As large parts of Australia continue to struggle with poor air quality, New Scientist has released new research data that indicates that bone density may be among the health consequences of prolonged exposure. Known effects include problems with the cardio-thoracic system, reproductive organs, eyes and mental health.
According to the research, scientists assessed fine particulate pollution around Hyderabad in India, and then assessed residents in nearby locations to determine whether there was a correlation between bone mineral content – a measure of strength most often used in the diagnosis of osteoporosis.
“What we see overall is a quite consistent pattern of lower bone mineral content with increasing levels of air pollution,” says Cathryn Tonne at the Barcelona Institute for Global Health.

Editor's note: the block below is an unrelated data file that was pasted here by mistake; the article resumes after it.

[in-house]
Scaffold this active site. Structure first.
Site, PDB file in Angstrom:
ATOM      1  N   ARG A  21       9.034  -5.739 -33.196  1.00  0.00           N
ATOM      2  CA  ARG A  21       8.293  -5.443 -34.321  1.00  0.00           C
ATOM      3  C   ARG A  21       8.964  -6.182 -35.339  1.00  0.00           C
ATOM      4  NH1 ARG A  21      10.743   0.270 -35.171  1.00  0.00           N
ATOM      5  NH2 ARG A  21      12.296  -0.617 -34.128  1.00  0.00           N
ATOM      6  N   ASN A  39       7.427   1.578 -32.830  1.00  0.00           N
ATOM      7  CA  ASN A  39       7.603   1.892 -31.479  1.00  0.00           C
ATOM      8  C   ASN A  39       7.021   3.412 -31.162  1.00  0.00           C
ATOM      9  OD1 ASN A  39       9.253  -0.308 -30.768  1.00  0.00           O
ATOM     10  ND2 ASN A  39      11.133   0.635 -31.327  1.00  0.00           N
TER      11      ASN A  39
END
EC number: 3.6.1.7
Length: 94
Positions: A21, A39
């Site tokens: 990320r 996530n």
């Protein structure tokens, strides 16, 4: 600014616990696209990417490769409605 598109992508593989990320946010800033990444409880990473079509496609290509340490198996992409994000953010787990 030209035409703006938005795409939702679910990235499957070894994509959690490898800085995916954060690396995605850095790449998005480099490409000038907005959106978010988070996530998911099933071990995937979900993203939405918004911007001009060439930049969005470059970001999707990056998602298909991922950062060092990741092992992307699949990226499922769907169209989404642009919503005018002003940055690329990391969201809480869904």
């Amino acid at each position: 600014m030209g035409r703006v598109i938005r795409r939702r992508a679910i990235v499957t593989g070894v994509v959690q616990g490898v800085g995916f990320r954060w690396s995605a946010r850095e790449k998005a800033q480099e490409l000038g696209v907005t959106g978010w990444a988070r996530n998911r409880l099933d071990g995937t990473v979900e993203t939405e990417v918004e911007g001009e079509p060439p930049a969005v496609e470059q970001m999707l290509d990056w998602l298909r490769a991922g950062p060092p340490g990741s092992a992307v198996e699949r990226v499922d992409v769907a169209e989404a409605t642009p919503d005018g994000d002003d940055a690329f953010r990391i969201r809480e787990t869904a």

The residents assessed were exposed to PM2.5 levels approximately three times the safe limit recommended by the World Health Organisation. The results were adjusted for other factors and the researchers discovered that for “every extra 3 micrograms per cubic metre of PM2.5″ there was an association with “an average reduction in bone mineral density for both men and women of 0.011 grams per square centimetre in the spine, and 0.004 g/cm2 in the hip.”
“The scientific literature on air pollution and bone health is very scarce,” says Tuan Nguyen at the Garvan Institute of Medical Research in Australia, and he explained the importance of the new study. “It provides a clear and growing evidence that air pollution adverse affect bone health in young adults.”
Researchers taking into account both indoor and outdoor pollution exposure and the volume of participants gave weight to the research, says Frank Kelly at King’s College London. “It’s yet another paper linking exposure to air pollution with a health effect,” he says.